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Numbers in Fiction

January 13, 2013 by Fiction Editor Beth Hill
last modified January 25, 2013

We’ve got rules and standards for everything we include in our novels—how to start those novels, how to increase tension, how to introduce characters, how to format, what to include in dialogue, how to punctuate dialogue, what to exclude from the first chapter. And we have rules for numbers. Or maybe we should call all these rules conventions.

This article covers a few common specifics of using numbers and numerals in fiction. I’m just going to list the rules here, without much explanation, laying out those that you’ll typically make use of in a novel. Keep in mind that there are always exceptions. For the most part, you’ll want to stick to the standards to make the read smooth and easy for the reader and create consistency within the manuscript.

Yet we’re talking fiction here, not a treatise or dissertation or scientific finding. You have choices. And style choices sometimes get to stomp all over the rules. If you want to flout the rules, do so for a reason and do so consistently every time that same reason is applicable in the manuscript.

For a comprehensive list of the rules concerning numbers, check out the Chicago Manual of Style or another style guide.

______________________

General Rules

__ Spell out numbers from zero through one hundred. You could argue for zero through nine, as is recommended for AP style, but do note that the recommendations in the Associated Press Stylebook are primarily for newspaper and magazine writing. Some rules are different for fiction.

You could also make a style choice to spell out almost all numbers, even if that conflicts with this and other rules.

Use numerals for most numbers beyond one hundred. While this is the standard, there are definitely exceptions to this one.

The witch offered Snow White one crisp, dewy apple.

Bobby Sue sang thirty-two songs before her voice gave out.

The rock-a-thon lasted for just over 113 hours.

The witch offered Snow White 1 crisp, dewy apple. Incorrect

__ Spell out these same numbers (0-100) even if they’re followed by hundred or thousand. (Your characters may have reason to say or think all manner of odd numbers, so yes, zero thousand might come up, even though this isn’t a common usage in our 3-D lives.)

The forces at Wilmington were bolstered by the arrival of ten thousand fresh soldiers.

The knight had died four hundred years earlier.

But—The knight had died 418 years earlier.

“How many thousands of lies have you told?”
“I’ve told zero thousand, you fool.”

__ Spell out ordinal numbers through one hundred as well—even for military units and street names. Ordinal numbers are often used to show relationship and rank.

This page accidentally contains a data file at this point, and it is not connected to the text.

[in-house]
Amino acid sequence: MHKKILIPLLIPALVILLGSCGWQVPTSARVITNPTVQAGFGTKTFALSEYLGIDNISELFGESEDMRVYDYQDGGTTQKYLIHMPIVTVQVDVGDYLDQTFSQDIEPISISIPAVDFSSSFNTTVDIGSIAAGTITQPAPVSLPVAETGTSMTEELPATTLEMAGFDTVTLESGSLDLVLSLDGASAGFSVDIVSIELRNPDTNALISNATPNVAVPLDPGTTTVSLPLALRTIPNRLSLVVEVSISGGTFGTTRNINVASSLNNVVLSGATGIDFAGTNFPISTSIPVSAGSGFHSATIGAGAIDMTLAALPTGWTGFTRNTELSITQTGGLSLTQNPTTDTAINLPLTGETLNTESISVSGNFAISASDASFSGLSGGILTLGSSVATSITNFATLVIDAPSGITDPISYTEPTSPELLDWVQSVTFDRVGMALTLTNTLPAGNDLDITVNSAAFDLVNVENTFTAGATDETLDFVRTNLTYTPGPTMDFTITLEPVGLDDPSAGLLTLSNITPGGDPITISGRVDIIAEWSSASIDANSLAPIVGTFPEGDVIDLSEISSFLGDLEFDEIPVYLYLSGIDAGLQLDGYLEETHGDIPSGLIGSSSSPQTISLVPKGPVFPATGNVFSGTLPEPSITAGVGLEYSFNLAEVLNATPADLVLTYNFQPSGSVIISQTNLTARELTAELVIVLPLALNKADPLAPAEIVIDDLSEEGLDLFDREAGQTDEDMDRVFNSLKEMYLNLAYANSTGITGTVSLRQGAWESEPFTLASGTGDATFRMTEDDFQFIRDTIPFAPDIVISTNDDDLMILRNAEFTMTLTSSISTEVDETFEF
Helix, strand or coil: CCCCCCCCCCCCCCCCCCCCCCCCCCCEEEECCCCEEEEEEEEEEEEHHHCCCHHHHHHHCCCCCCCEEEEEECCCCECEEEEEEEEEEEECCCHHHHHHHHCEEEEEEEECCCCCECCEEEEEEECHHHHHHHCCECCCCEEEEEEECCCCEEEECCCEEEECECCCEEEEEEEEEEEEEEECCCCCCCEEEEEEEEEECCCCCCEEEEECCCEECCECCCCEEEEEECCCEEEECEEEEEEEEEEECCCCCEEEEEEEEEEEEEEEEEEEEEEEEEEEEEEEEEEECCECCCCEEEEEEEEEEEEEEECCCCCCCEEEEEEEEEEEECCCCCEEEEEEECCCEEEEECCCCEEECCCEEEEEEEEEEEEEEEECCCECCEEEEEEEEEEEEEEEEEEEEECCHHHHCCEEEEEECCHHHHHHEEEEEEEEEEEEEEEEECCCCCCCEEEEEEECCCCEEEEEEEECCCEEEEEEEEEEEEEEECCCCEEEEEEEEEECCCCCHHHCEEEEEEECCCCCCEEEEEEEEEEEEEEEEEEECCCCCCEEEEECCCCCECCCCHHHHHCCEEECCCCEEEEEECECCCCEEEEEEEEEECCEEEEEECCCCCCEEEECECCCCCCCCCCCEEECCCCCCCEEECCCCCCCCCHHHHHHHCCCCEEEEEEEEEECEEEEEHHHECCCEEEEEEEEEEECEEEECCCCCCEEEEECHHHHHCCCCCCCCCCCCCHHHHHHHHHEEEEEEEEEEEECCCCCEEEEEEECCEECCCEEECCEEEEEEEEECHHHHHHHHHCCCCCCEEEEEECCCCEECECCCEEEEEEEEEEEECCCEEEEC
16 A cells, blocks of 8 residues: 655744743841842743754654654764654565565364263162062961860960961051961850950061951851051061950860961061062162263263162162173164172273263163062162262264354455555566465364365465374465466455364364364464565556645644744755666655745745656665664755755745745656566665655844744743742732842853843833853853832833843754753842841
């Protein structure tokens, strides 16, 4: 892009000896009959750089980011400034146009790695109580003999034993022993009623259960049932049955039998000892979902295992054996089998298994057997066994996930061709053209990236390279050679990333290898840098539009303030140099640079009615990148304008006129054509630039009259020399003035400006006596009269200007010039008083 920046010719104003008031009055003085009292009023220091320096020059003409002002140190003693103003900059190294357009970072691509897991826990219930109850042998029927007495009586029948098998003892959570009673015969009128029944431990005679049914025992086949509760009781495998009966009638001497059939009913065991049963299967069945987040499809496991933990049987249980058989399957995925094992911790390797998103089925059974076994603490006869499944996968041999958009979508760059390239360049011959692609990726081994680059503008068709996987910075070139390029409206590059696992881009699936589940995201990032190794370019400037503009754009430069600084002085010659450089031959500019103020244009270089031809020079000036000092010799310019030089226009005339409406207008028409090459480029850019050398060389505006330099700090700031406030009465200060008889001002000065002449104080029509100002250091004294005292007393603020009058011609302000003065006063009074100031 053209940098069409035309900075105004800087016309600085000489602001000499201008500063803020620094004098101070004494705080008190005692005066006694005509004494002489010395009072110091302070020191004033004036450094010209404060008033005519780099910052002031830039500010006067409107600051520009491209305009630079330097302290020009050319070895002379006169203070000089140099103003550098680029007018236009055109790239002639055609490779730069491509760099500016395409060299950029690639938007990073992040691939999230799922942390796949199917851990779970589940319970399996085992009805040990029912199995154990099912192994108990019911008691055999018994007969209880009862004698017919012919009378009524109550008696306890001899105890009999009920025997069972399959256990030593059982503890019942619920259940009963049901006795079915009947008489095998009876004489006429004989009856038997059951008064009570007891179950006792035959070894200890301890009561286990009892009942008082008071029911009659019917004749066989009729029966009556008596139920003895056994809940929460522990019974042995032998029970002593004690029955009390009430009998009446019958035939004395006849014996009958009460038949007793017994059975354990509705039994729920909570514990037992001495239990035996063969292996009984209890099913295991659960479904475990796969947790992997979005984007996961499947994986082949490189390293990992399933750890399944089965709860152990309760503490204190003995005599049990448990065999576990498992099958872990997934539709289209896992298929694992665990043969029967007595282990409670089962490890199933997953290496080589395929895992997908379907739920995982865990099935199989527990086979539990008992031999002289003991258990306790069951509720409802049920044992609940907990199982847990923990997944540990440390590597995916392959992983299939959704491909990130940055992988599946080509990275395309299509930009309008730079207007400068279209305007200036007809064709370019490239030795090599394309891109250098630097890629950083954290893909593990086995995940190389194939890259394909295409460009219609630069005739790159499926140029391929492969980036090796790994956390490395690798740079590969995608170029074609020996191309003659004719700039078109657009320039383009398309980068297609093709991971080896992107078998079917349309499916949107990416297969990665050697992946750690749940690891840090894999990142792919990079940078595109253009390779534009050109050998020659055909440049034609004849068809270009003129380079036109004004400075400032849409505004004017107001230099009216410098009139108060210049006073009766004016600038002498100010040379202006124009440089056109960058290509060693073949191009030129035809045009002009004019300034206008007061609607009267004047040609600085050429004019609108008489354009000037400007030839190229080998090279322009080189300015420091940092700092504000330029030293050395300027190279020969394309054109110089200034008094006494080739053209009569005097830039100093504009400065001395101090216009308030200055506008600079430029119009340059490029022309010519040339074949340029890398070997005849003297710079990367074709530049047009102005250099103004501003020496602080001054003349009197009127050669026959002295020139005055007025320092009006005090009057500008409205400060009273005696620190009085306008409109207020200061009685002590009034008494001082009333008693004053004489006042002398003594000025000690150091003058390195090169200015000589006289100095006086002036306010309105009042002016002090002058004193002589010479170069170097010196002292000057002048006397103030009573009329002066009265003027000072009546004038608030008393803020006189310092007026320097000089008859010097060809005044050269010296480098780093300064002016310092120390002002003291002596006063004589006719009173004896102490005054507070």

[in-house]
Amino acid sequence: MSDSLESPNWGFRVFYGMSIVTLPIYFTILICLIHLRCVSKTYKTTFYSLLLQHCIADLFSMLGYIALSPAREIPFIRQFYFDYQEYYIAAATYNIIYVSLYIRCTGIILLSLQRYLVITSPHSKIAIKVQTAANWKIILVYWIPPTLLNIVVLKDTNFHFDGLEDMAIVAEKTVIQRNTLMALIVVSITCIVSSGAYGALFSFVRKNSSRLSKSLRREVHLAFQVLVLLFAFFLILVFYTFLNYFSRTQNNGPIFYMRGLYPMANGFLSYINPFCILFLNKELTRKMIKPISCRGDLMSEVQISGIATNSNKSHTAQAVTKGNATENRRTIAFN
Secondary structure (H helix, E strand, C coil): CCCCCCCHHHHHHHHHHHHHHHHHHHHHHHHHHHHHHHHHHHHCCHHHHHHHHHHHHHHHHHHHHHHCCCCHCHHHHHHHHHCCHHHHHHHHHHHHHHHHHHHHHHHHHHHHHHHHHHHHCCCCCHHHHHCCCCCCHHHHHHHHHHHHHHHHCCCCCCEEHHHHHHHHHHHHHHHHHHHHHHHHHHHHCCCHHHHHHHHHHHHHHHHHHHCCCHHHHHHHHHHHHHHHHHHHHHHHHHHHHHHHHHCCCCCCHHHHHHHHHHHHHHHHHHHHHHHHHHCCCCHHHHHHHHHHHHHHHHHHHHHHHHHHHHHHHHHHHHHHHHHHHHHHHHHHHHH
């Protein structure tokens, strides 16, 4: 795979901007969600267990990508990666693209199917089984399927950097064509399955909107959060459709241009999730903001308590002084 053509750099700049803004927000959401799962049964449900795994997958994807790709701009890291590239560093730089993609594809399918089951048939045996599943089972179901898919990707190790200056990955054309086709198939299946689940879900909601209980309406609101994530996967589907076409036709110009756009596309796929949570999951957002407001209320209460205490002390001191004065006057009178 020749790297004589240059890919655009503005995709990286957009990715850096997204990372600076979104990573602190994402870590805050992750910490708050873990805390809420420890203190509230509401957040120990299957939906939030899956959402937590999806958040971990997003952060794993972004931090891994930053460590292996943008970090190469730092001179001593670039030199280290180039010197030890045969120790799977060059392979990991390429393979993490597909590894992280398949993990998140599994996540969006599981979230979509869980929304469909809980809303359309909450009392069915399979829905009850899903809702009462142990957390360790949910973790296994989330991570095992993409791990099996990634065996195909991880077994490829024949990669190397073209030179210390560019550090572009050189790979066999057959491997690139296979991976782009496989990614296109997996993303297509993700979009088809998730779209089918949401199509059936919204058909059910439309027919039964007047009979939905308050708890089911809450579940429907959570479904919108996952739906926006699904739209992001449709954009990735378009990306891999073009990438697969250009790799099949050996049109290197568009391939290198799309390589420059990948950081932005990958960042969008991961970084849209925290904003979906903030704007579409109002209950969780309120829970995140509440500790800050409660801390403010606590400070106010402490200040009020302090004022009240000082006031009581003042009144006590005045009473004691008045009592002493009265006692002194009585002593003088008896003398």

We’d write the Eighty-second Airborne Division but the 101st Airborne Division. (Newspapers and military publications may have different conventions.)

A restaurant would be on Fifth Avenue, not 5th Avenue. Or the restaurant is on 129th Street, not One hundred and twenty-ninth Street.

A quick guide to ordinals—

no ordinal for zero      twentieth
first                            twenty-first
second                        twenty-second
third                           and so on . . .
fourth
fifth*
sixth                           thirtieth (thirty-first, thirty-second, and so on)
seventh                       fortieth
eighth                         fiftieth
ninth                           sixtieth
tenth                          seventieth
eleventh                     eightieth
twelfth                       ninetieth
thirteenth
fourteenth                                               one hundredth
fifteenth*                                                 one thousandth
sixteenth                                                  one millionth
seventeenth
eighteenth
nineteenth

The only odd ordinals are those using fives—fifth and fifteenth. Note the letter D in both hundredth and thousandth.

__ Use full-size letters, not superscript, to mark ordinal numbers (st, nd, rd, th) written as numerals.

__ Use first, second, third and so on rather than firstly, secondly, thirdly unless your character would use this odd construction as part of her style.

__ Spell out numbers that start a sentence. If spelling creates something awkward, rewrite.

One hundred and fifteen [not 115] waiters applied for the job.

__ Hyphenate compound numbers from twenty-one to ninety-nine. Do this when the number is used alone and when used in combination with other numbers.

Louise owned forty-one cars.

“I heard she owned one hundred and thirty-five diamond rings.”

__ For an easier read, when numbers are written side by side, write one as a numeral and the other as a word.

He made 5 one-hundred-pound cakes.

We lashed 3 six-foot ladders together.

__ Spell out simple fractions and hyphenate them.

He took only one-half of yesterday’s vote.

He needed a two-thirds majority to win the election.

__ For the most part, treat large numbers, made large by being paired with the words million, billion, and so on, just as you would other numbers.